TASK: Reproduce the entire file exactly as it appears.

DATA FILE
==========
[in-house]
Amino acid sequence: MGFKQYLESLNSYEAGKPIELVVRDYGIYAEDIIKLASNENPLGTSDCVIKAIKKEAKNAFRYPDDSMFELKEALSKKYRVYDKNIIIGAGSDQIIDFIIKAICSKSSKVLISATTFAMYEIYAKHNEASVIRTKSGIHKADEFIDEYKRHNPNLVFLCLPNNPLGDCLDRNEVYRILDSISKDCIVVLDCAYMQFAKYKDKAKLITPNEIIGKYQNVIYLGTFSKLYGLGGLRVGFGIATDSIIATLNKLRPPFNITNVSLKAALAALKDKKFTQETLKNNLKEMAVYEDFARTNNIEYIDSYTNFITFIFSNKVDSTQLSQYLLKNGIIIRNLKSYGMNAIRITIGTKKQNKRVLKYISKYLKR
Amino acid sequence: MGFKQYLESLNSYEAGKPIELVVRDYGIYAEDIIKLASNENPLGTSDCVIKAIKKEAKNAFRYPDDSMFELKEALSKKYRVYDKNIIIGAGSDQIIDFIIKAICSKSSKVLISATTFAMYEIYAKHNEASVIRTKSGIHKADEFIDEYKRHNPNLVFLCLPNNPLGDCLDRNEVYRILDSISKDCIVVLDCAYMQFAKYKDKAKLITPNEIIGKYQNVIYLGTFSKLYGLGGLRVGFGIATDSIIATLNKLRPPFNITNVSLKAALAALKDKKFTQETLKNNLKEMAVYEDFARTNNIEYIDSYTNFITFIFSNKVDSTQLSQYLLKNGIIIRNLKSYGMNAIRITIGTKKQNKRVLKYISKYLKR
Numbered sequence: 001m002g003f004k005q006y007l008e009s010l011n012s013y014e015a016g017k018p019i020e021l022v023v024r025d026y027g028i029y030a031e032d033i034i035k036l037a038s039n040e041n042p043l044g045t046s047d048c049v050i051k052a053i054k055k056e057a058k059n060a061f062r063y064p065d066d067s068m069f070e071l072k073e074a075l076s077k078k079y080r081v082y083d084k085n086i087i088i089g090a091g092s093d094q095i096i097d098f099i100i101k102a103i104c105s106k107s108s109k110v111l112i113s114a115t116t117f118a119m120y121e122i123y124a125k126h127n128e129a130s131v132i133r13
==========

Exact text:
[in-house]
Amino acid sequence: MGFKQYLESLNSYEAGKPIELVVRDYGIYAEDIIKLASNENPLGTSDCVIKAIKKEAKNAFRYPDDSMFELKEALSKKYRVYDKNIIIGAGSDQIIDFIIKAICSKSSKVLISATTFAMYEIYAKHNEASVIRTKSGIHKADEFIDEYKRHNPNLVFLCLPNNPLGDCLDRNEVYRILDSISKDCIVVLDCAYMQFAKYKDKAKLITPNEIIGKYQNVIYLGTFSKLYGLGGLRVGFGIATDSIIATLNKLRPPFNITNVSLKAALAALKDKKFTQETLKNNLKEMAVYEDFARTNNIEYIDSYTNFITFIFSNKVDSTQLSQYLLKNGIIIRNLKSYGMNAIRITIGTKKQNKRVLKYISKYLKR
Amino acid sequence: MGFKQYLESLNSYEAGKPIELVVRDYGIYAEDIIKLASNENPLGTSDCVIKAIKKEAKNAFRYPDDSMFELKEALSKKYRVYDKNIIIGAGSDQIIDFIIKAICSKSSKVLISATTFAMYEIYAKHNEASVIRTKSGIHKADEFIDEYKRHNPNLVFLCLPNNPLGDCLDRNEVYRILDSISKDCIVVLDCAYMQFAKYKDKAKLITPNEIIGKYQNVIYLGTFSKLYGLGGLRVGFGIATDSIIATLNKLRPPFNITNVSLKAALAALKDKKFTQETLKNNLKEMAVYEDFARTNNIEYIDSYTNFITFIFSNKVDSTQLSQYLLKNGIIIRNLKSYGMNAIRITIGTKKQNKRVLKYISKYLKR
Numbered sequence: 001m002g003f004k005q006y007l008e009s010l011n012s013y014e015a016g017k018p019i020e021l022v023v024r025d026y027g028i029y030a031e032d033i034i035k036l037a038s039n040e041n042p043l044g045t046s047d048c049v050i051k052a053i054k055k056e057a058k059n060a061f062r063y064p065d066d067s068m069f070e071l072k073e074a075l076s077k078k079y080r081v082y083d084k085n086i087i088i089g090a091g092s093d094q095i096i097d098f099i100i101k102a103i104c105s106k107s108s109k110v111l112i113s114a115t116t117f118a119m120y121e122i123y124a125k126h127n128e129a130s131v132i133r13